Australian Shepherd Health & Genetics Institute

Australian Shepherd Health & Genetics Institute

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What are cataracts?

A cataract is an opacity of the lens, which sits just behind the pupil in the eye.  Most hereditary cataracts in Aussies arise in the center of the back of the lens, referred to as posterior polar.

Are cataracts hereditary?

They can be.  Aussie hereditary cataracts almost never occur in young puppies; affected dogs most commonly present signs as mature adults, though cataracts may start in early adulthood or not until old age.  Cataracts can occur for reasons other than heredity (other diseases, injury, or nutritional imbalance) but these other causes are not common and should not be assumed to be the reason unless confirmed by a veterinary ophthalmologist.

How do I know if my dog has cataracts?

Very advanced cataracts can be seen without any special equipment.  The pupils will be somewhat dilated and appear milky white.  However, most cataracts are detected during exam.  Hereditary cataracts are bilateral, meaning they occur in both eyes, but they may not appear at the same time.  If a cataract is noted on one eye, it is wise to recheck in six months to a year to see if one develops in the other.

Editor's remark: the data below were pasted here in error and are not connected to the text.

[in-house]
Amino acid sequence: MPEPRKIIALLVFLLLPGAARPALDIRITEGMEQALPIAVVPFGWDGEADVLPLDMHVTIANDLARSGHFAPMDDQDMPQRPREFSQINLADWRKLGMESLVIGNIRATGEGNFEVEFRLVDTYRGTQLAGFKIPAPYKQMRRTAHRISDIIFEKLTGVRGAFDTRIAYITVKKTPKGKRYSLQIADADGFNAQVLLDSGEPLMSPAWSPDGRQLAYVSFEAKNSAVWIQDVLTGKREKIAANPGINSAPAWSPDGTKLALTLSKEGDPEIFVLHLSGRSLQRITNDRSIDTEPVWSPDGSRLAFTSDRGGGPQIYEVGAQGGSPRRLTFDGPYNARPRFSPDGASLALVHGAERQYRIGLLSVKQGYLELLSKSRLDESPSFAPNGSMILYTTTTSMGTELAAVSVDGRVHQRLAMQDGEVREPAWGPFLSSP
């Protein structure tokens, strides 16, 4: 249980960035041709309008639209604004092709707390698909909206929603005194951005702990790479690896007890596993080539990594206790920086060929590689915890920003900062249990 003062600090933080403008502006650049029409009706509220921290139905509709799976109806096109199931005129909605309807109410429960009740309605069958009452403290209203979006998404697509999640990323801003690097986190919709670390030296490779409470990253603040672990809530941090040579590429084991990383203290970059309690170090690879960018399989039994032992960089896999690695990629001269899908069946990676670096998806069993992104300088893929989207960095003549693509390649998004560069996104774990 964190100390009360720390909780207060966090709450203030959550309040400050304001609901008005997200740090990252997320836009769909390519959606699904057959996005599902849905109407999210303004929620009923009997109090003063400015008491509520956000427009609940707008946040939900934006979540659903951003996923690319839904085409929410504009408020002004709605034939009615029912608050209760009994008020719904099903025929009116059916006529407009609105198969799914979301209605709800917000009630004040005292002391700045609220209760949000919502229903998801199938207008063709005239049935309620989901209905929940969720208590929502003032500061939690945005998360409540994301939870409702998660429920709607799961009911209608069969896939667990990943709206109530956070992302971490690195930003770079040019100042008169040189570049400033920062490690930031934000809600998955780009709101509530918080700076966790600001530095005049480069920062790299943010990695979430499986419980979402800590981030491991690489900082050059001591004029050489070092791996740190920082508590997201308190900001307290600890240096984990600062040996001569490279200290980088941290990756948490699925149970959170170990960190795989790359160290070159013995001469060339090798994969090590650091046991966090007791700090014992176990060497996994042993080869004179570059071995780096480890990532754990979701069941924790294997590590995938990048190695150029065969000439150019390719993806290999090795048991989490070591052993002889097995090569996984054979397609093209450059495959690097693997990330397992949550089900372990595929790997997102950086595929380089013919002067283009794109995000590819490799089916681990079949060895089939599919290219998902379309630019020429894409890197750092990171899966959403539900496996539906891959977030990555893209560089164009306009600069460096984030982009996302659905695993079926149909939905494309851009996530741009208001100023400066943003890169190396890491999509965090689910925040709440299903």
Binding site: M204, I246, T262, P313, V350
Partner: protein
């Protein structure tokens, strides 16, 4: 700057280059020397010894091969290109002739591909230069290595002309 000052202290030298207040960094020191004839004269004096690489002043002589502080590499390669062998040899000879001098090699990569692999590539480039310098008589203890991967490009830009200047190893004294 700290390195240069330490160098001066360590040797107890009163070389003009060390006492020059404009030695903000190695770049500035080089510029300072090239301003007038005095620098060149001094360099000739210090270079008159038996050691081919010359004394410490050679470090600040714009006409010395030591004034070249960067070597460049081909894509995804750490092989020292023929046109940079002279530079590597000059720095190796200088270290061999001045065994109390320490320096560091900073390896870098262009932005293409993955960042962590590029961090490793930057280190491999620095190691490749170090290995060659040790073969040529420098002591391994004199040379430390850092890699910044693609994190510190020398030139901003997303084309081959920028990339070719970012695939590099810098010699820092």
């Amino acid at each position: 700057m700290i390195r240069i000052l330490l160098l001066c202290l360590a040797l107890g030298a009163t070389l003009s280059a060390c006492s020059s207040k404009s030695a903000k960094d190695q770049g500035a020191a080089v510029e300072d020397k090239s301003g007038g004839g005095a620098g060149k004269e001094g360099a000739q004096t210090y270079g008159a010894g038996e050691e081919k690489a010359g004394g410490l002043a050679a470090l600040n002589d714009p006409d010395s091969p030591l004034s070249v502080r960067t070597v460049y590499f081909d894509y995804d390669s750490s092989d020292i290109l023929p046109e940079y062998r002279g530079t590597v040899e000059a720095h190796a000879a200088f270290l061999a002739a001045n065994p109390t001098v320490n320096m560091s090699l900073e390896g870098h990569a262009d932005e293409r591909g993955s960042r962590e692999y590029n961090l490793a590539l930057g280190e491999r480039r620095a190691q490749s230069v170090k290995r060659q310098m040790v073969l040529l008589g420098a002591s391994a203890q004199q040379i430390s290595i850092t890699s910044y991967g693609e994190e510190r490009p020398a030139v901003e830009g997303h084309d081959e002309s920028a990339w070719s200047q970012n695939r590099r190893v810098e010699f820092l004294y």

What are suture line cataracts?

The sutures are two Y-shaped structures on the front and back of the lens where the tissue came together during development. Occasionally a cataract may develop at the site of these sutures.

What do cataracts mean for my dog?

.  Hereditary cataracts progress starting as small opacities and advancing, sometimes to the point of clouding the entire lens.  Dogs with these generalized cataracts are unable to distinguish anything but extremes of light and dark.  Cataracts do not cause the dog any pain and usually progress slowly enough that the dog adjusts to its vision loss.   Some dogs progress very slowly and have functional vision throughout their lives.  Cataract surgery can be performed, but it is expensive and not always successful.

How common are cataracts in Aussies?

Roughly 2% of Aussies will develop cataracts.  They are the most common eye disease in the breed.

Are merles more likely to develop cataracts?

No more likely than tris!  There has been no evidence that cataracts correlate with coat color in any breed of dog.

Are cataracts inherited in Aussies?

In most cases.  The mode of inheritance for most Aussie cataracts is dominant with incomplete penetrance, meaning not every dog with the mutation will develop cataracts though 70% of those with cataracts have it.  The remaining hereditary cataracts are caused by as yet unidentified genes.

Cataracts may be acquired if the eye is injured or has an infection or other condition that causes inflammation within the eye.  Dogs may also develop nuclear sclerosis as they get old, a hardening of the nucleus of the lens that turns it opaque.

Is there a DNA test for cataracts?